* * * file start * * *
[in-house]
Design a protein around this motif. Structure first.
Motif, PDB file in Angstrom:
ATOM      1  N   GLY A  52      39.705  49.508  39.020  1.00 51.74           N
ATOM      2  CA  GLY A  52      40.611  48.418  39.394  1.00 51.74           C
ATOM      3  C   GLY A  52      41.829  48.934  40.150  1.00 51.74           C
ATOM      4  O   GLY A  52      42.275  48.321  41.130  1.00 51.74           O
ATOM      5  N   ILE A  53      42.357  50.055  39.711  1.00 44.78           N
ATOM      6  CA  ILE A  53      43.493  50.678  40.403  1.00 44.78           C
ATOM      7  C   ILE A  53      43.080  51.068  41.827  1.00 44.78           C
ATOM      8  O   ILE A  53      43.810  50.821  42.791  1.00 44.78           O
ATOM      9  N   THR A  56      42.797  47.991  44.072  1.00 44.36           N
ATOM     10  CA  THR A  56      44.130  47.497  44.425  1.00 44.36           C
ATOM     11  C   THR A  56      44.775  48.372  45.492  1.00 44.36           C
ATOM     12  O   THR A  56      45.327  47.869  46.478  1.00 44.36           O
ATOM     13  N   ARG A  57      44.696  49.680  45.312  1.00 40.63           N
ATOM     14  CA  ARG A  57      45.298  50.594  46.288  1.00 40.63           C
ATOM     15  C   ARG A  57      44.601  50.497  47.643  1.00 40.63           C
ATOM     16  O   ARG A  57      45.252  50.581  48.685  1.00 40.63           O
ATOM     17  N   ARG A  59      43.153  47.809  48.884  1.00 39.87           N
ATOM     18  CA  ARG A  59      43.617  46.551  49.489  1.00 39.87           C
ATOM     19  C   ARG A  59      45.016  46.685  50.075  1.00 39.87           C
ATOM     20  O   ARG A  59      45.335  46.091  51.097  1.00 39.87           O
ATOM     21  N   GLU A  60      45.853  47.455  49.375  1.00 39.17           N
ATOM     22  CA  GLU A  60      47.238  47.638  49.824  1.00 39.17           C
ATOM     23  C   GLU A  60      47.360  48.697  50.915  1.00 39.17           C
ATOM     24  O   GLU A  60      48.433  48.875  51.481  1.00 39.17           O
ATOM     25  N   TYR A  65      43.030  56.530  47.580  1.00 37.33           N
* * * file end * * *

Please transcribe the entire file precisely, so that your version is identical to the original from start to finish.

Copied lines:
[in-house]
Design a protein around this motif. Structure first.
Motif, PDB file in Angstrom:
ATOM      1  N   GLY A  52      39.705  49.508  39.020  1.00 51.74           N
ATOM      2  CA  GLY A  52      40.611  48.418  39.394  1.00 51.74           C
ATOM      3  C   GLY A  52      41.829  48.934  40.150  1.00 51.74           C
ATOM      4  O   GLY A  52      42.275  48.321  41.130  1.00 51.74           O
ATOM      5  N   ILE A  53      42.357  50.055  39.711  1.00 44.78           N
ATOM      6  CA  ILE A  53      43.493  50.678  40.403  1.00 44.78           C
ATOM      7  C   ILE A  53      43.080  51.068  41.827  1.00 44.78           C
ATOM      8  O   ILE A  53      43.810  50.821  42.791  1.00 44.78           O
ATOM      9  N   THR A  56      42.797  47.991  44.072  1.00 44.36           N
ATOM     10  CA  THR A  56      44.130  47.497  44.425  1.00 44.36           C
ATOM     11  C   THR A  56      44.775  48.372  45.492  1.00 44.36           C
ATOM     12  O   THR A  56      45.327  47.869  46.478  1.00 44.36           O
ATOM     13  N   ARG A  57      44.696  49.680  45.312  1.00 40.63           N
ATOM     14  CA  ARG A  57      45.298  50.594  46.288  1.00 40.63           C
ATOM     15  C   ARG A  57      44.601  50.497  47.643  1.00 40.63           C
ATOM     16  O   ARG A  57      45.252  50.581  48.685  1.00 40.63           O
ATOM     17  N   ARG A  59      43.153  47.809  48.884  1.00 39.87           N
ATOM     18  CA  ARG A  59      43.617  46.551  49.489  1.00 39.87           C
ATOM     19  C   ARG A  59      45.016  46.685  50.075  1.00 39.87           C
ATOM     20  O   ARG A  59      45.335  46.091  51.097  1.00 39.87           O
ATOM     21  N   GLU A  60      45.853  47.455  49.375  1.00 39.17           N
ATOM     22  CA  GLU A  60      47.238  47.638  49.824  1.00 39.17           C
ATOM     23  C   GLU A  60      47.360  48.697  50.915  1.00 39.17           C
ATOM     24  O   GLU A  60      48.433  48.875  51.481  1.00 39.17           O
ATOM     25  N   TYR A  65      43.030  56.530  47.580  1.00 37.33           N